And of course, there's also the possibility for war. Rival nations may work to control or undermine their enemy's weather control cloud. Worse, some nations may use it to wreak horrendous damage against the enemy. Toth-Fejel warns that the global coordination of the reflective weather machine would allow for the bouncing of concentrated solar energy around the globe, making it possible to set cities on fire - the type of fire caused by dropping a nuclear bomb per second for as long as desired. As Toth-Fejel warns, "The potential for abuse is rather large." The temptation to weaponize such a device may be overwhelming. The whole project could start various arms races, including efforts to bring the entire system down.
On this point, Hall believes that any country that tries to build such a machine would quickly have it stomped out by existing superpowers. It's for this reason that he feels the United States is the only country with the technology and backing power to construct such a thing. Consequently, he doesn't see it as something that would change the balance of geopolitics too much.
To build or not to build
The weather is a highly complicated and multifaceted thing. Should the weather machine be built, and in order for the entire global system to work in an ecologically friendly sort of way, some regions are still going to have to suffer through inclement weather, including monsoons, hurricanes, and vicious cold snaps. Given the presence of weather machines, some countries may be less than thrilled to have to continue to deal with these realities. They may feel ignored, maligned or even subjugated.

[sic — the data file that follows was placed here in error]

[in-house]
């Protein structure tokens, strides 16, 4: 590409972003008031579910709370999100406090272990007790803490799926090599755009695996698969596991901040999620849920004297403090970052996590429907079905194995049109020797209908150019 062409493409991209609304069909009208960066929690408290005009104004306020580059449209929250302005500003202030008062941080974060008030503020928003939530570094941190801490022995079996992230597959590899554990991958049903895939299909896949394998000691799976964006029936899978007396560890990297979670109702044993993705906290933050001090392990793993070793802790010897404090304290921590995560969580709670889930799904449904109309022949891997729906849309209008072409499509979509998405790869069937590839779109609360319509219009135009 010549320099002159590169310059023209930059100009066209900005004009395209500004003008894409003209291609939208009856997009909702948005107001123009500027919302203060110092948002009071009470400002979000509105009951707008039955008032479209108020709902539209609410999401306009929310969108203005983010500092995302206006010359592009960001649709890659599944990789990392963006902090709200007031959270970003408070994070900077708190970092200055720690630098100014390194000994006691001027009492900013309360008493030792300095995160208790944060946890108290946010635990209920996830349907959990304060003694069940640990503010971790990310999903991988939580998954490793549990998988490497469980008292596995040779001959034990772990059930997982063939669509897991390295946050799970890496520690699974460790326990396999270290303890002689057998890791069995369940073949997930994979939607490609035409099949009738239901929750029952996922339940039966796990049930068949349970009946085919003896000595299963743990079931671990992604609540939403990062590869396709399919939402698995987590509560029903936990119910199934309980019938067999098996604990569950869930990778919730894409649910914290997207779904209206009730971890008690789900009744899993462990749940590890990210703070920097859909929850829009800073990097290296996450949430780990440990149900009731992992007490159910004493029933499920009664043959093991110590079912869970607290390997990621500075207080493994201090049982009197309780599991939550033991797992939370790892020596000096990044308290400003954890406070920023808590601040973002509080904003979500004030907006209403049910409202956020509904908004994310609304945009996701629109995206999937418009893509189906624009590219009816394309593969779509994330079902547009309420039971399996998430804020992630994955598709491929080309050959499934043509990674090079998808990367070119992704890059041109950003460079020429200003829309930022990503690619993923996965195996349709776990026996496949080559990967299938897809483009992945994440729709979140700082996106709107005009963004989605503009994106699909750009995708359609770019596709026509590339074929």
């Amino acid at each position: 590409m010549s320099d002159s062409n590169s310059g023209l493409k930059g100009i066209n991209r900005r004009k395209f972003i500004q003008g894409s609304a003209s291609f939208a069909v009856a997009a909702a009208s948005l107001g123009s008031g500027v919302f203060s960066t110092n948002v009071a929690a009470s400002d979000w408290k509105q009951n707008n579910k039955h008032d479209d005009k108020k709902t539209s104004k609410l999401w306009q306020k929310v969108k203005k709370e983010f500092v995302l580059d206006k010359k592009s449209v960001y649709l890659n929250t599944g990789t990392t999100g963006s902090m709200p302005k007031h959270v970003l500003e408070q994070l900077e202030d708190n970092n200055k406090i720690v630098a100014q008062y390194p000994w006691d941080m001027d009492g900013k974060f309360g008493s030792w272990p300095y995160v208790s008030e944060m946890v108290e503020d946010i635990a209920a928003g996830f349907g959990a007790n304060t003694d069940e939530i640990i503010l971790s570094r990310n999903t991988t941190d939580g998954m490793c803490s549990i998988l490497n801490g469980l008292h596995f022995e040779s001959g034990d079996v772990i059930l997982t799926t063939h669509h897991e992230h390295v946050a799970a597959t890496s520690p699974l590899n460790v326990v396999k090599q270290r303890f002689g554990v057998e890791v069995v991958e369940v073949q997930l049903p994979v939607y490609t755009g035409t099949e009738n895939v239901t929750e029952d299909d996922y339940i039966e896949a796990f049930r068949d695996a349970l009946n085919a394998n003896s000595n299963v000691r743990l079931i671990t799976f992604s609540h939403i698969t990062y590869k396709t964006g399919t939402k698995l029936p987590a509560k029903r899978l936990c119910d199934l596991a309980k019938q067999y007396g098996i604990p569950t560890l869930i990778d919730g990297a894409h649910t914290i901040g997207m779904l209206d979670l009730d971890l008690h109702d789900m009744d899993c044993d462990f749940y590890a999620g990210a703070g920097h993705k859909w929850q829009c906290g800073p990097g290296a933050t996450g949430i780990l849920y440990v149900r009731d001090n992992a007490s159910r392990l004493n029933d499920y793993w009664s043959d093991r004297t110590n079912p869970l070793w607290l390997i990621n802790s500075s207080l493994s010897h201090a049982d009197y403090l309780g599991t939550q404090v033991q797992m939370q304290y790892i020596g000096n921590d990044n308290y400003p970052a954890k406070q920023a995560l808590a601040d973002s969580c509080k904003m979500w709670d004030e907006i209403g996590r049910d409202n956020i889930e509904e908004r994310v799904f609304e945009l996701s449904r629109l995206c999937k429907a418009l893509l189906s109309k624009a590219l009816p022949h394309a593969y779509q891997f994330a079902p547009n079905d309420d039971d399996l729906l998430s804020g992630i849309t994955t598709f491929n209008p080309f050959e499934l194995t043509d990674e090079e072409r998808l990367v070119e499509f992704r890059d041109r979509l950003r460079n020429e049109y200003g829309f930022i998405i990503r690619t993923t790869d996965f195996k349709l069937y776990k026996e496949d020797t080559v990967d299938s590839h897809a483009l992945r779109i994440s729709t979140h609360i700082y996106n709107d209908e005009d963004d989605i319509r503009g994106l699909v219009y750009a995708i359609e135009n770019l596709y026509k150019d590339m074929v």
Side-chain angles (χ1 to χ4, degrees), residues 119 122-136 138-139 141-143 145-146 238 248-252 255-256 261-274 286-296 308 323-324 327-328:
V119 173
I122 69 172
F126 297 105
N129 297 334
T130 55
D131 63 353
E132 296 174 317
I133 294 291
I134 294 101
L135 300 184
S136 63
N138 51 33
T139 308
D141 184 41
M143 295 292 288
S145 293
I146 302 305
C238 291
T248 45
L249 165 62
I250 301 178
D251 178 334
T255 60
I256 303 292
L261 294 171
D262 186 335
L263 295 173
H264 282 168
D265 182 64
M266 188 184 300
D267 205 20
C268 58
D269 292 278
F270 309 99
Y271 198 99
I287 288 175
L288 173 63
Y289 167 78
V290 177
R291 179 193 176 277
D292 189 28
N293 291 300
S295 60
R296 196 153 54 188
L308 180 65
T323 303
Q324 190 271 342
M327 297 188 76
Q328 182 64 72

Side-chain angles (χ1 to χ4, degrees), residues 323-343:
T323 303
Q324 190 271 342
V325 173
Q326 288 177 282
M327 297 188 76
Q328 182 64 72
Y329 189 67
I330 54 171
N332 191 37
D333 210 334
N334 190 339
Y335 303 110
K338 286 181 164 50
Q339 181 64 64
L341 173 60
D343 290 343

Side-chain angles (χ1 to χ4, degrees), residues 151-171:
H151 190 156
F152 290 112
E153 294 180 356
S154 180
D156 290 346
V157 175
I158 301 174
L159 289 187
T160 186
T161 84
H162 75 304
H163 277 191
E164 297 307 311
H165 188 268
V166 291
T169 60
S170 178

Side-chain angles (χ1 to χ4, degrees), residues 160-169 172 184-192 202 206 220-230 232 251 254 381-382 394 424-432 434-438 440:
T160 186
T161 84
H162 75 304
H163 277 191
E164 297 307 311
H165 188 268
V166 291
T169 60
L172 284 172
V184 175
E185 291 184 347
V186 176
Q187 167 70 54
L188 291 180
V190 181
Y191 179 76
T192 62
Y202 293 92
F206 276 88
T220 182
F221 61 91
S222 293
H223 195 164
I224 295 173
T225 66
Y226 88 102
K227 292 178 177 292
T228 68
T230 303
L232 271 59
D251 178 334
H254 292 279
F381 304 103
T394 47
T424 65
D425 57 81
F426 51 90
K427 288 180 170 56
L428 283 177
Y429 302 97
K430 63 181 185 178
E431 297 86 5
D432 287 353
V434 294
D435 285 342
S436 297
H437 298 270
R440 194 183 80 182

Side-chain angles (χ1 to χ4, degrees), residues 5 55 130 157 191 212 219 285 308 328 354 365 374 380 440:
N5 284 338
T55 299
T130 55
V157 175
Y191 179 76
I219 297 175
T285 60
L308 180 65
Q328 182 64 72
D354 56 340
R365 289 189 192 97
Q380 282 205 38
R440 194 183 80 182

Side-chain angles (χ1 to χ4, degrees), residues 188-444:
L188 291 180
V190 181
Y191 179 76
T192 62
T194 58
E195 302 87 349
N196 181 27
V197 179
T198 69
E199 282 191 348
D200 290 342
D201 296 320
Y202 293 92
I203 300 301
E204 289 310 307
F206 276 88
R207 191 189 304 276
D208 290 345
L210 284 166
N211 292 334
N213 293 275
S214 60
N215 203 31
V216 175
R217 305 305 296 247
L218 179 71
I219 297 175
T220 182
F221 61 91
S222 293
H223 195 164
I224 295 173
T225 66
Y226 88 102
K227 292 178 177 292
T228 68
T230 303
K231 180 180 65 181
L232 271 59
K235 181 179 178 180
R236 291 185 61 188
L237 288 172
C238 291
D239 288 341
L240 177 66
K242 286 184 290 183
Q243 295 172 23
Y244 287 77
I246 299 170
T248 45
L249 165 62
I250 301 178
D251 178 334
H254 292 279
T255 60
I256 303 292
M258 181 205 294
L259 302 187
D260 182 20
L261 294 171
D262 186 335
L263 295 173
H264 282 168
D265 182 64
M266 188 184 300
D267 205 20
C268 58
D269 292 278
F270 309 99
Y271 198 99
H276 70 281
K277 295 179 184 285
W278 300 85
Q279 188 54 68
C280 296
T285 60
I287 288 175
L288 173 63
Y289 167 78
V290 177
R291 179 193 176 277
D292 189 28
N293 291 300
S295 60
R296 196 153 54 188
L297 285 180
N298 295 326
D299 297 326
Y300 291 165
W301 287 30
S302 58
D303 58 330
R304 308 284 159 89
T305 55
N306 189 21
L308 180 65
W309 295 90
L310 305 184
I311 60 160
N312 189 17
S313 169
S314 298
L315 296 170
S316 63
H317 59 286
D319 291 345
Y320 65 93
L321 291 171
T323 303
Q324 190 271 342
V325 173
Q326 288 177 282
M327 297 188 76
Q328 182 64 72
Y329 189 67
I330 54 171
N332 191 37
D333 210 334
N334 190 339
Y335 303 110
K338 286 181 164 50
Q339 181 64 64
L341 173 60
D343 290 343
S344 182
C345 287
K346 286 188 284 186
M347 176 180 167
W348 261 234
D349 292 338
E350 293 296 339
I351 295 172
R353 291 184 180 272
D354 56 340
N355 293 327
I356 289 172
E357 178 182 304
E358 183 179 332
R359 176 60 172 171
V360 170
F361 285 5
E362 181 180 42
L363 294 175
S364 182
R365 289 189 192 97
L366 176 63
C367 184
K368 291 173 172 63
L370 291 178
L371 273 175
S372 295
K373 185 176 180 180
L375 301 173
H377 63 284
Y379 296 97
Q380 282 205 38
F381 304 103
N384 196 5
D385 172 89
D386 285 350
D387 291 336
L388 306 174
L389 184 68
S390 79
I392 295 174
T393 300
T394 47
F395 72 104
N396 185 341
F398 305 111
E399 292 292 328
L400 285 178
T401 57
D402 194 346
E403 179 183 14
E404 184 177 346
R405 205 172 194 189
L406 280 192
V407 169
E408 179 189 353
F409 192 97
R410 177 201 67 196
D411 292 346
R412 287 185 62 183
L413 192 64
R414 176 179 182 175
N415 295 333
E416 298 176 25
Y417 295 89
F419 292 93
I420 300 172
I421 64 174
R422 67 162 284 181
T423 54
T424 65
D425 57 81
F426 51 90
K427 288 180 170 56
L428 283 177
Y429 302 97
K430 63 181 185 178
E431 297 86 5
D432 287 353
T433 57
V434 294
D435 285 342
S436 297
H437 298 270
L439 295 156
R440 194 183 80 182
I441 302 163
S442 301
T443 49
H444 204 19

Such are the problems of newfound control.
We're still a few decades away from being able to construct the Hall Weather Machine, but it's important that we talk about it and other viable solutions now. Should climate change prove to be as catastrophic as some environmentalists claim, and should its effects start to get fairly out of control (not that it's very much in control right now), we may have no choice but to put this system up in the stratosphere. What needs to happen in the coming years, therefore, is a thoughtful discussion of not just the viability of such a device, but discourse on how we could ever hope to control and manage such a thing given all the interests at stake. Or better yet, we should figure out how to resolve the climate crisis now without having to resort to such radical and potentially dangerous measures.
But as Hall and Toth-Fejel note, some countries or groups may still choose to build it unilaterally, in which case there's going to be some serious problems. The weather machine, it would seem, may introduce some entirely new kinds of storms.
Hall Weather Machine image via Nanotechnology Now.